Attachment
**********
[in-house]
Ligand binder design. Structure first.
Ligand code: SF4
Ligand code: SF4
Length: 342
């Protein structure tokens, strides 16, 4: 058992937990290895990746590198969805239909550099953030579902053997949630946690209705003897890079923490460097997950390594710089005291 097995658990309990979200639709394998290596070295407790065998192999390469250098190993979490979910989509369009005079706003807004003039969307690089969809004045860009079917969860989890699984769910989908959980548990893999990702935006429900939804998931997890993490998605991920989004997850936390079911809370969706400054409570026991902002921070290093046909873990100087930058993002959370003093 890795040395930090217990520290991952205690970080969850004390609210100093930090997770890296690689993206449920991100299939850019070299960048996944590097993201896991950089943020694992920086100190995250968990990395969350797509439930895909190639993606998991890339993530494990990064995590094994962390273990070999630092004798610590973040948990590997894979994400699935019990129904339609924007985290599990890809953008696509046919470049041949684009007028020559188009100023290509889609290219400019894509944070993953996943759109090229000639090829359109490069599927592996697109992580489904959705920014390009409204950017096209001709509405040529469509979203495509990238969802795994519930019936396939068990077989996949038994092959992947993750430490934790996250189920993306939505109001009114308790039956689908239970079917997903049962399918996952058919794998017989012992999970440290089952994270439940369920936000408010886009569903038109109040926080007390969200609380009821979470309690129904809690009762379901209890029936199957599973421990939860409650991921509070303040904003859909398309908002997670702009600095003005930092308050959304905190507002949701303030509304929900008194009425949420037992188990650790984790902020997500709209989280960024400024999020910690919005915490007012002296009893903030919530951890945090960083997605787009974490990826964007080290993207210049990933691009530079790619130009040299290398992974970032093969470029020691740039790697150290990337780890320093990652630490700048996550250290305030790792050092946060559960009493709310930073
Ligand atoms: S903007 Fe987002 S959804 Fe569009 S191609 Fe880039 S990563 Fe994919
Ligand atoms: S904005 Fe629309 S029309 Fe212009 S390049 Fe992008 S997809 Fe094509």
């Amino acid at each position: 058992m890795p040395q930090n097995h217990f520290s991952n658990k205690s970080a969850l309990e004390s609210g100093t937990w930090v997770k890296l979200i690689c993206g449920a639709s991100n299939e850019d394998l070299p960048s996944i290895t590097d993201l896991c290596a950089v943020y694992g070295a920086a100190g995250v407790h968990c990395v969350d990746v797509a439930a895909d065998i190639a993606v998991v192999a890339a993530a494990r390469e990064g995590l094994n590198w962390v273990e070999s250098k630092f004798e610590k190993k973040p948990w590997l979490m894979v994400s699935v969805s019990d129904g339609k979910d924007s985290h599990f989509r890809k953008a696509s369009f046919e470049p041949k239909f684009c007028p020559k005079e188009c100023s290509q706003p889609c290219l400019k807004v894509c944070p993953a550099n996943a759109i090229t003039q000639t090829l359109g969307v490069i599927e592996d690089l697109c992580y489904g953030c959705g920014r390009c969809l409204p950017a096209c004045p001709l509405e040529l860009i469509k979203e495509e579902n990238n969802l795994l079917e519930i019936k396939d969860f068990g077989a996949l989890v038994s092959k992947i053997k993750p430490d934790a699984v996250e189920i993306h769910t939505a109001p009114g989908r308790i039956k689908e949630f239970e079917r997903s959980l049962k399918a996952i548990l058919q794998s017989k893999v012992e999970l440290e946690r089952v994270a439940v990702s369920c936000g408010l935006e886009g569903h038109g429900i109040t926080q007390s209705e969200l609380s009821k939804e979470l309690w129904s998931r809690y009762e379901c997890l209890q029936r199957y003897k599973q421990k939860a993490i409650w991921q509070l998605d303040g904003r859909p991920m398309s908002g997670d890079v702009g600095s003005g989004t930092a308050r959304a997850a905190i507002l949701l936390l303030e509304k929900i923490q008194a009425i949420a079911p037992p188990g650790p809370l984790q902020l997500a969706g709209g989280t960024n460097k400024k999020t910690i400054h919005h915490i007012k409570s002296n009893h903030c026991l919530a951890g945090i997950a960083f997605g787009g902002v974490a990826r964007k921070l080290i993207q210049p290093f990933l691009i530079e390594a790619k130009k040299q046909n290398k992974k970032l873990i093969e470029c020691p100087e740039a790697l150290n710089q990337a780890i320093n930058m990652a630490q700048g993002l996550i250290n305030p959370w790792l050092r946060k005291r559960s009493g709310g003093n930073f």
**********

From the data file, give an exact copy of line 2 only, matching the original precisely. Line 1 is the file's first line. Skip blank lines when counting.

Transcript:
Ligand binder design. Structure first.